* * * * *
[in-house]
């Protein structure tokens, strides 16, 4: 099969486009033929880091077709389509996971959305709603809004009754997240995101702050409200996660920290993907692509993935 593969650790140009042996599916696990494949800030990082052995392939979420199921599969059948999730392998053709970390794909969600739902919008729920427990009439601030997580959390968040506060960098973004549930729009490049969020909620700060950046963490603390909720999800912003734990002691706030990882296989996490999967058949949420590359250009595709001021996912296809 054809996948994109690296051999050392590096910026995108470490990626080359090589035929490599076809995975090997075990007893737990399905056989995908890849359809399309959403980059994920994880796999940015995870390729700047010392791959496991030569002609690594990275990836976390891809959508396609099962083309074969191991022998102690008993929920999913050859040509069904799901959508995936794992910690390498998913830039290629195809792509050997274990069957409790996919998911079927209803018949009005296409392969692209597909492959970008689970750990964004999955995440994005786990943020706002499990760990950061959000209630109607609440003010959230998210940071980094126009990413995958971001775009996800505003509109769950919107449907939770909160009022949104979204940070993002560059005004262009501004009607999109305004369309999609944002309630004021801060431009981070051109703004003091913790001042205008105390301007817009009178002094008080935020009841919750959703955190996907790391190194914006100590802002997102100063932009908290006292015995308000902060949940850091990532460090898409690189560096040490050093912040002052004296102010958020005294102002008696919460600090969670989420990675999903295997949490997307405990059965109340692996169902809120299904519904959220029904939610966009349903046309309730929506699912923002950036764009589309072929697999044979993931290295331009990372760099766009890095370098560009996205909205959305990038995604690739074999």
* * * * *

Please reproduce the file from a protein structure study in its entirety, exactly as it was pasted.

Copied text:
[in-house]
């Protein structure tokens, strides 16, 4: 099969486009033929880091077709389509996971959305709603809004009754997240995101702050409200996660920290993907692509993935 593969650790140009042996599916696990494949800030990082052995392939979420199921599969059948999730392998053709970390794909969600739902919008729920427990009439601030997580959390968040506060960098973004549930729009490049969020909620700060950046963490603390909720999800912003734990002691706030990882296989996490999967058949949420590359250009595709001021996912296809 054809996948994109690296051999050392590096910026995108470490990626080359090589035929490599076809995975090997075990007893737990399905056989995908890849359809399309959403980059994920994880796999940015995870390729700047010392791959496991030569002609690594990275990836976390891809959508396609099962083309074969191991022998102690008993929920999913050859040509069904799901959508995936794992910690390498998913830039290629195809792509050997274990069957409790996919998911079927209803018949009005296409392969692209597909492959970008689970750990964004999955995440994005786990943020706002499990760990950061959000209630109607609440003010959230998210940071980094126009990413995958971001775009996800505003509109769950919107449907939770909160009022949104979204940070993002560059005004262009501004009607999109305004369309999609944002309630004021801060431009981070051109703004003091913790001042205008105390301007817009009178002094008080935020009841919750959703955190996907790391190194914006100590802002997102100063932009908290006292015995308000902060949940850091990532460090898409690189560096040490050093912040002052004296102010958020005294102002008696919460600090969670989420990675999903295997949490997307405990059965109340692996169902809120299904519904959220029904939610966009349903046309309730929506699912923002950036764009589309072929697999044979993931290295331009990372760099766009890095370098560009996205909205959305990038995604690739074999």